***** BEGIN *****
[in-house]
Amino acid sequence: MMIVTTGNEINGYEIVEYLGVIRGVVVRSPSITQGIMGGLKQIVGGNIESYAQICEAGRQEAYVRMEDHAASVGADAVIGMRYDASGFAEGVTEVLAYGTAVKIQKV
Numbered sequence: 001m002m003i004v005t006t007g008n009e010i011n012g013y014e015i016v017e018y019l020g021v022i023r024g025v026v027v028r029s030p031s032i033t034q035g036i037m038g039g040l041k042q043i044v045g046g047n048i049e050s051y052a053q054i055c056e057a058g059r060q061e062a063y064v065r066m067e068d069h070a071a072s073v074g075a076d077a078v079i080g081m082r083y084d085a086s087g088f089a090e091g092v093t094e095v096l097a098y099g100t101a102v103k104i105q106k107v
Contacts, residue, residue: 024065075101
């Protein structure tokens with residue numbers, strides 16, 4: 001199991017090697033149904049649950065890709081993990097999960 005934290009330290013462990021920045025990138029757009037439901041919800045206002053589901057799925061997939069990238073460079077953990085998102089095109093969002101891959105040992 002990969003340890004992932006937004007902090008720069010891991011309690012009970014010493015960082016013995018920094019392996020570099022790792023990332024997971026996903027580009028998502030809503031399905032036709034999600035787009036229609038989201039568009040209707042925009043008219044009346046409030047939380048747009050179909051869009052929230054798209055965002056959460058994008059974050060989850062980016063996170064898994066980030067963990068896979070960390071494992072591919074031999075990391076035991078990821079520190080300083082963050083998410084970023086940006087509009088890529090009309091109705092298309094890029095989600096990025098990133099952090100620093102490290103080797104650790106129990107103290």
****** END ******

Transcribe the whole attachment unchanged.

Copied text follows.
[in-house]
Amino acid sequence: MMIVTTGNEINGYEIVEYLGVIRGVVVRSPSITQGIMGGLKQIVGGNIESYAQICEAGRQEAYVRMEDHAASVGADAVIGMRYDASGFAEGVTEVLAYGTAVKIQKV
Numbered sequence: 001m002m003i004v005t006t007g008n009e010i011n012g013y014e015i016v017e018y019l020g021v022i023r024g025v026v027v028r029s030p031s032i033t034q035g036i037m038g039g040l041k042q043i044v045g046g047n048i049e050s051y052a053q054i055c056e057a058g059r060q061e062a063y064v065r066m067e068d069h070a071a072s073v074g075a076d077a078v079i080g081m082r083y084d085a086s087g088f089a090e091g092v093t094e095v096l097a098y099g100t101a102v103k104i105q106k107v
Contacts, residue, residue: 024065075101
């Protein structure tokens with residue numbers, strides 16, 4: 001199991017090697033149904049649950065890709081993990097999960 005934290009330290013462990021920045025990138029757009037439901041919800045206002053589901057799925061997939069990238073460079077953990085998102089095109093969002101891959105040992 002990969003340890004992932006937004007902090008720069010891991011309690012009970014010493015960082016013995018920094019392996020570099022790792023990332024997971026996903027580009028998502030809503031399905032036709034999600035787009036229609038989201039568009040209707042925009043008219044009346046409030047939380048747009050179909051869009052929230054798209055965002056959460058994008059974050060989850062980016063996170064898994066980030067963990068896979070960390071494992072591919074031999075990391076035991078990821079520190080300083082963050083998410084970023086940006087509009088890529090009309091109705092298309094890029095989600096990025098990133099952090100620093102490290103080797104650790106129990107103290």